3 October 2015 - Latest update: MSF had informed all fighting parties of hospital GPS coordinates on several occasions
MSF condemns in the strongest possible terms the horrific bombing of its hospital in Kunduz full of staff and patients. MSF wishes to clarify that all parties to the conflict, including in Kabul and Washington, were clearly informed of the precise location (GPS Coordinates) of the MSF facilities - hospital, guesthouse, office and an outreach stabilization unit in Chardara (to the north-west of Kunduz).
As MSF does in all conflict contexts, these precise locations were communicated to all parties on multiple occasions over the past months, including most recently on 29 September.
The bombing continued for more than 30 minutes after American and Afghan military officials in Kabul and Washington were first informed. MSF urgently seeks clarity on exactly what took place and how this terrible event could have happened.
Update on hospital bombing casualties
It is with deep sadness that we confirm so far the death of nine MSF staff during the bombing last night of MSF’s hospital in Kunduz. Latest update is that 37 people were seriously wounded during the bombing, of whom 19 are MSF staff.
Some of the most critically injured are being transferred for stabilisation to a hospital in Puli Khumri, 2 hours’ drive away. There are many patients and staff who remain unaccounted for. The numbers keep growing as we develop a clearer picture of the aftermath of this horrific bombing.
KABUL – At 02h10am on Saturday 3 October the Doctors Without Borders (MSF) Trauma centre in Kunduz was hit several times during sustained bombing and was very badly damaged.
Three MSF staff are confirmed dead and more than 30 are unaccounted for. The medical team is working around the clock to do everything possible for the safety of patients and hospital staff.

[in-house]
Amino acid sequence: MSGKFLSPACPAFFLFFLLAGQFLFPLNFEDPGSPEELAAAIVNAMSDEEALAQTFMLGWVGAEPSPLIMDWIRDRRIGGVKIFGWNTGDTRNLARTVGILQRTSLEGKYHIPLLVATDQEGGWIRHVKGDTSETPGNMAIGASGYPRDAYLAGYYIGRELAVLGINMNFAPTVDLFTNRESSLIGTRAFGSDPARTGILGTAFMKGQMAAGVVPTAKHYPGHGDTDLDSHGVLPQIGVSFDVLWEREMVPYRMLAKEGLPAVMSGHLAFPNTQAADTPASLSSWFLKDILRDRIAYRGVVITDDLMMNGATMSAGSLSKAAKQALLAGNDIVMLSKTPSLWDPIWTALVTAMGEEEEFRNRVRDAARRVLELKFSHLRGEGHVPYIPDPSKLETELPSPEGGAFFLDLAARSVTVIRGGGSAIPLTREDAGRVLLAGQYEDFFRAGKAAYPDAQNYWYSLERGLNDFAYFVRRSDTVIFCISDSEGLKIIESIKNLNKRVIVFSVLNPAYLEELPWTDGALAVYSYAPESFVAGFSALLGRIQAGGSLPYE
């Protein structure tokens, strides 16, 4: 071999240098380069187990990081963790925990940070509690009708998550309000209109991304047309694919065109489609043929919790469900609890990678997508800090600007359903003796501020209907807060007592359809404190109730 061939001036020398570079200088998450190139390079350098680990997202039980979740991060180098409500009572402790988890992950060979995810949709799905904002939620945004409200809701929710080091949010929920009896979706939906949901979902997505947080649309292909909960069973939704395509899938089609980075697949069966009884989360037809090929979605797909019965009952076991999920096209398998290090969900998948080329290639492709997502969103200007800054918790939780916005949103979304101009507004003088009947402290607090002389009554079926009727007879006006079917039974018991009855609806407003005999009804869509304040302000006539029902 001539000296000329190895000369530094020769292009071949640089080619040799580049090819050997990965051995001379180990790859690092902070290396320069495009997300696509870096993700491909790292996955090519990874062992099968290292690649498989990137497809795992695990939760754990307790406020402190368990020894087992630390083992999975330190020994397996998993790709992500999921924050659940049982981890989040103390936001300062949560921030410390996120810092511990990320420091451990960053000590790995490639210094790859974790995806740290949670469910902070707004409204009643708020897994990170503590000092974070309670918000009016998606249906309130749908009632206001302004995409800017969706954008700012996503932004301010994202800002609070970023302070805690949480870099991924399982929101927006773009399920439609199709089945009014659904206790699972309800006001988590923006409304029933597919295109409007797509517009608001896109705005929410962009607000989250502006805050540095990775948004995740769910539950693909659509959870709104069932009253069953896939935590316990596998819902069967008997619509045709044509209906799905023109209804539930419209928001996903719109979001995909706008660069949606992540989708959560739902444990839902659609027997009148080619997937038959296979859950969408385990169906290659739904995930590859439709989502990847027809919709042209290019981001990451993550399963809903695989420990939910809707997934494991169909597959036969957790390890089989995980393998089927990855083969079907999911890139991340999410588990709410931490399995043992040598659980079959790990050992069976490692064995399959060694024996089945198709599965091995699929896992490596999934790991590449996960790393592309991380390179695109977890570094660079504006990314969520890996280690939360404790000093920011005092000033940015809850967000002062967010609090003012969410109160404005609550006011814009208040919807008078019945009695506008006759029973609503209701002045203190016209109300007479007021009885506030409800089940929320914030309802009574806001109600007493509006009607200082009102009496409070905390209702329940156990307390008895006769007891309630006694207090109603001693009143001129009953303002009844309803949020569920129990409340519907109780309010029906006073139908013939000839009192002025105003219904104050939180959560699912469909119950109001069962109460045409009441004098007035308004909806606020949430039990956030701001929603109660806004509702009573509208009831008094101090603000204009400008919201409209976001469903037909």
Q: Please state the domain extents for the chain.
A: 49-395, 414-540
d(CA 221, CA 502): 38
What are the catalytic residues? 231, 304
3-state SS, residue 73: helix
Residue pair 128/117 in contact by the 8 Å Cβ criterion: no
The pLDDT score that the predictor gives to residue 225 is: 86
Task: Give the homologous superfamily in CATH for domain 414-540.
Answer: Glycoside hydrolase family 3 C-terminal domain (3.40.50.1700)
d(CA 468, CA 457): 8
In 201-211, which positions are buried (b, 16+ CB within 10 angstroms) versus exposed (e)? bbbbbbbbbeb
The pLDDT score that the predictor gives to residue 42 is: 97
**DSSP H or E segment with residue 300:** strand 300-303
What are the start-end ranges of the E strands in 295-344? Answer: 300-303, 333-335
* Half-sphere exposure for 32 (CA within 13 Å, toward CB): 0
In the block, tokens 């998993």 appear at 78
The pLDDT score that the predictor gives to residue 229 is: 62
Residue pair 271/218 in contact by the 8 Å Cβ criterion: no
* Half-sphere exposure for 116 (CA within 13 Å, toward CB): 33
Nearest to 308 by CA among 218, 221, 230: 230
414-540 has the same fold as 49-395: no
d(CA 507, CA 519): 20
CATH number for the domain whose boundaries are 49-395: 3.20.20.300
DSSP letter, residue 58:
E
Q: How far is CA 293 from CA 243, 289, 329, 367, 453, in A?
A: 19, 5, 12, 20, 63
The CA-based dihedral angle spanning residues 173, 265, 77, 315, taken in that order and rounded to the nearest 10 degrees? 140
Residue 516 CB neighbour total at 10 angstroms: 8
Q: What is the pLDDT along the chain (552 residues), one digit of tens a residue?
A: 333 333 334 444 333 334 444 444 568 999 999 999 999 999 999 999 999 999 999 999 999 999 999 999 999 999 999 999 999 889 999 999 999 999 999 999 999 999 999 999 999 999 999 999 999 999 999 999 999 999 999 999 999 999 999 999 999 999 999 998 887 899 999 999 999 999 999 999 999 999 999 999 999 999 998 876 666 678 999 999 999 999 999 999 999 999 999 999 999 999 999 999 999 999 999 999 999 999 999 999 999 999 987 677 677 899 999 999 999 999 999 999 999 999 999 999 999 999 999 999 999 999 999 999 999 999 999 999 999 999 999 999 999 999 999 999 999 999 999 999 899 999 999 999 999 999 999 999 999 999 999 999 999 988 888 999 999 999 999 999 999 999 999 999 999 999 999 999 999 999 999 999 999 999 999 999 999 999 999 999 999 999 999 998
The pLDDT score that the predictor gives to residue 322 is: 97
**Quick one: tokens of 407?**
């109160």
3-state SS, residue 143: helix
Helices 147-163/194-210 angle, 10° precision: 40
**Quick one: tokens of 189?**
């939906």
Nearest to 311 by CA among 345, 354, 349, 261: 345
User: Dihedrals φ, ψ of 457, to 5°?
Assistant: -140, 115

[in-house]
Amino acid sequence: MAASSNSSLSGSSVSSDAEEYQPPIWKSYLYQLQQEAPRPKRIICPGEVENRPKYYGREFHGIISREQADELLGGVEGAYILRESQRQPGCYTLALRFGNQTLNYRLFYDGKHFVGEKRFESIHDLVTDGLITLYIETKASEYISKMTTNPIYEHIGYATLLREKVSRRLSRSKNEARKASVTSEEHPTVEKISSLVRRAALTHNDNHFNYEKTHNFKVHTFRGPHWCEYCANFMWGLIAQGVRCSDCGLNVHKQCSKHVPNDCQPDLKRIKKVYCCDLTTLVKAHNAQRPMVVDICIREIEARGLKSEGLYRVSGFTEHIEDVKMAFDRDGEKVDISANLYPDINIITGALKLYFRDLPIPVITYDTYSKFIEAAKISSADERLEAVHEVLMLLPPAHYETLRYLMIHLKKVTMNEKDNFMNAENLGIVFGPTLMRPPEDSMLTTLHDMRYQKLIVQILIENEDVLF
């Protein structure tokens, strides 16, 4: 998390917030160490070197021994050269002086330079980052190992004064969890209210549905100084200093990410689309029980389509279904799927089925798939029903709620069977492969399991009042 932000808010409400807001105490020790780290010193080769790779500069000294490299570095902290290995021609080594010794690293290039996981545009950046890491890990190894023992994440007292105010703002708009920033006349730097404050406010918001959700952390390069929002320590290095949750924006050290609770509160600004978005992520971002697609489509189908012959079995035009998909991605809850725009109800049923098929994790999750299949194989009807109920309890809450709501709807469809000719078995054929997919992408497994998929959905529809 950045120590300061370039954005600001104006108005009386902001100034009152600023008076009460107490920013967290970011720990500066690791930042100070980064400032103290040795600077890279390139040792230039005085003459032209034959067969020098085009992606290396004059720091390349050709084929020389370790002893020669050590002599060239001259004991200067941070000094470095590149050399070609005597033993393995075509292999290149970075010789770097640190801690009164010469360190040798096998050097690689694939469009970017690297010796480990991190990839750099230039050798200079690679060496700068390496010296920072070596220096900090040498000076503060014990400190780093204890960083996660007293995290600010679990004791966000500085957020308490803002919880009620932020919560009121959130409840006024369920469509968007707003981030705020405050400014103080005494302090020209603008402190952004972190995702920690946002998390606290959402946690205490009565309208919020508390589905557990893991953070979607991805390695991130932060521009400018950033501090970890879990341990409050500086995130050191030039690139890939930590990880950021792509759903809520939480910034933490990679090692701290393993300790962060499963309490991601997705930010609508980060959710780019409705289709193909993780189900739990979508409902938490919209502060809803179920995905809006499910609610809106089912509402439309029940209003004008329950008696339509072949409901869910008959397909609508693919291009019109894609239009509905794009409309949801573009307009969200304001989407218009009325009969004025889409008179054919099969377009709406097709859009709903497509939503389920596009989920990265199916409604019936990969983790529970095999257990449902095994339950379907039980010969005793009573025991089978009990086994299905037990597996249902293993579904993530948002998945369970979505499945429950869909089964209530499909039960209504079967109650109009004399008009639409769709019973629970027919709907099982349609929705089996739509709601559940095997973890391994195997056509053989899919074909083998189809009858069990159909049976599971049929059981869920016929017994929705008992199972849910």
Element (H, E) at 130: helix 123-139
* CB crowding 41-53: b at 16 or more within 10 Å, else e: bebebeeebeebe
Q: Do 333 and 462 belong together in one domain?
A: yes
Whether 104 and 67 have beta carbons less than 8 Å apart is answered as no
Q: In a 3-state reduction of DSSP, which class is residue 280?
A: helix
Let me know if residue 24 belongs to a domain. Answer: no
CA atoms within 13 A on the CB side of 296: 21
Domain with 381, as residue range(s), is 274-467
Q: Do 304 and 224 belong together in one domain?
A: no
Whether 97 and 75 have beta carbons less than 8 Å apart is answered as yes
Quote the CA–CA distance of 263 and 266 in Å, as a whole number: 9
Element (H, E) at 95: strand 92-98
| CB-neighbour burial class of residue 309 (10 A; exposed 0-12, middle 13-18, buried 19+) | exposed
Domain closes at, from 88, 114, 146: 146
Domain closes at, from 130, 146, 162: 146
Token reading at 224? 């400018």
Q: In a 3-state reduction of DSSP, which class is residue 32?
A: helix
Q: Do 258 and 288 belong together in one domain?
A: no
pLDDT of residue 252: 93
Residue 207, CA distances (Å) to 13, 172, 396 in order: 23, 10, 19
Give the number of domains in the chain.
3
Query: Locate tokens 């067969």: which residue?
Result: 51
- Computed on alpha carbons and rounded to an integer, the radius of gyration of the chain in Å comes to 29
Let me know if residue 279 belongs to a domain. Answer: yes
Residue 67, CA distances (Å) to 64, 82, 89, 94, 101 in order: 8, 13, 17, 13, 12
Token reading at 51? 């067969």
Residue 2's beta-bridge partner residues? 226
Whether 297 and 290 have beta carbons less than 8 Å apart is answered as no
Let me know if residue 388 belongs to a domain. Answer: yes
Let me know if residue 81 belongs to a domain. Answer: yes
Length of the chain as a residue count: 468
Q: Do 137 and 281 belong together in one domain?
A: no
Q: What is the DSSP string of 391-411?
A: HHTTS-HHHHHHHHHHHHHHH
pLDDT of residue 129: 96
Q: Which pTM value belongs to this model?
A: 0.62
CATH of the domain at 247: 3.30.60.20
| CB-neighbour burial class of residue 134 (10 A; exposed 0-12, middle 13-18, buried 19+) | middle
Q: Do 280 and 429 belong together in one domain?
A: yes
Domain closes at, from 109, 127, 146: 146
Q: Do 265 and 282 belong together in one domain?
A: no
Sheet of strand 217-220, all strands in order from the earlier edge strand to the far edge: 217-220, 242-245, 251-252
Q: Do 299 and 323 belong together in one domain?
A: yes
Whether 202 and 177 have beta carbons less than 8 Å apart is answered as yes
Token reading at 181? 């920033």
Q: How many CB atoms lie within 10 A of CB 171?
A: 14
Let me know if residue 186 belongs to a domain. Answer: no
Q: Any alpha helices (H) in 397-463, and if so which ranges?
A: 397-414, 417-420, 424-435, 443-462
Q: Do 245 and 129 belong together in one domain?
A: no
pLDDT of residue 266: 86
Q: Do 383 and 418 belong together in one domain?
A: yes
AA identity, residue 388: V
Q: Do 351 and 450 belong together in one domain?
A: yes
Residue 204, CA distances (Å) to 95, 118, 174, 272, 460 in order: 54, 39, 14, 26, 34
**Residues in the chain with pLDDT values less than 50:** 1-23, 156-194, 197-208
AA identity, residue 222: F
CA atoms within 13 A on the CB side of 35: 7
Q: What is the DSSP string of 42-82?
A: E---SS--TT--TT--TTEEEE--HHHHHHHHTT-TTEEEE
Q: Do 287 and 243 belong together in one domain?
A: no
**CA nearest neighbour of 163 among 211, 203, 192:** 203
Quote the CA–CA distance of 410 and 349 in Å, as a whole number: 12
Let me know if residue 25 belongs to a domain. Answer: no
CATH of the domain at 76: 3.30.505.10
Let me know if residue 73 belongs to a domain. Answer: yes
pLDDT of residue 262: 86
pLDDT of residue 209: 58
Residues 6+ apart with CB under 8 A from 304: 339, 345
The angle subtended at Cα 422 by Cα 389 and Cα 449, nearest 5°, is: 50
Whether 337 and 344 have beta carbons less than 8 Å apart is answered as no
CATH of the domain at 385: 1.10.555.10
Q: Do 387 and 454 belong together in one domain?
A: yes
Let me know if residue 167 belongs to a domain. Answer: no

“We are deeply shocked by the attack, the killing of our staff and patients and the heavy toll it has inflicted on healthcare in Kunduz,” says Bart Janssens, MSF Director of Operations. “We do not yet have the final casualty figures, but our medical team are providing first aid and treating the injured patients and MSF personnel and accounting for the deceased. We urge all parties to respect the safety of health facilities and staff.”
Since fighting broke out on Monday, MSF has treated 394 wounded. When the aerial attack occurred this morning we had 105 patients and their care-takers in the hospital and over 80 MSF international and national staff present.
MSF’s hospital is the only facility of its kind in the whole north-eastern region of Afghanistan, providing free life- and limb-saving trauma care. MSF doctors treat all people according to their medical needs and do not make distinctions based on a patient’s ethnicity, religious beliefs or political affiliation.
MSF started working in Afghanistan in 1980. In Kunduz, just like in the rest of Afghanistan, both national and international staff work together to ensure the best quality of treatment. MSF supports the Ministry of Public Health in Ahmad Shah Baba hospital in eastern Kabul, Dasht-e-Barchi maternity in western Kabul and Boost hospital in Lashkar Gah, Helmand province. In Khost, in the east of the country, MSF operates a maternity hospital. MSF relies only on private funding for its work in Afghanistan and does not accept money from any government.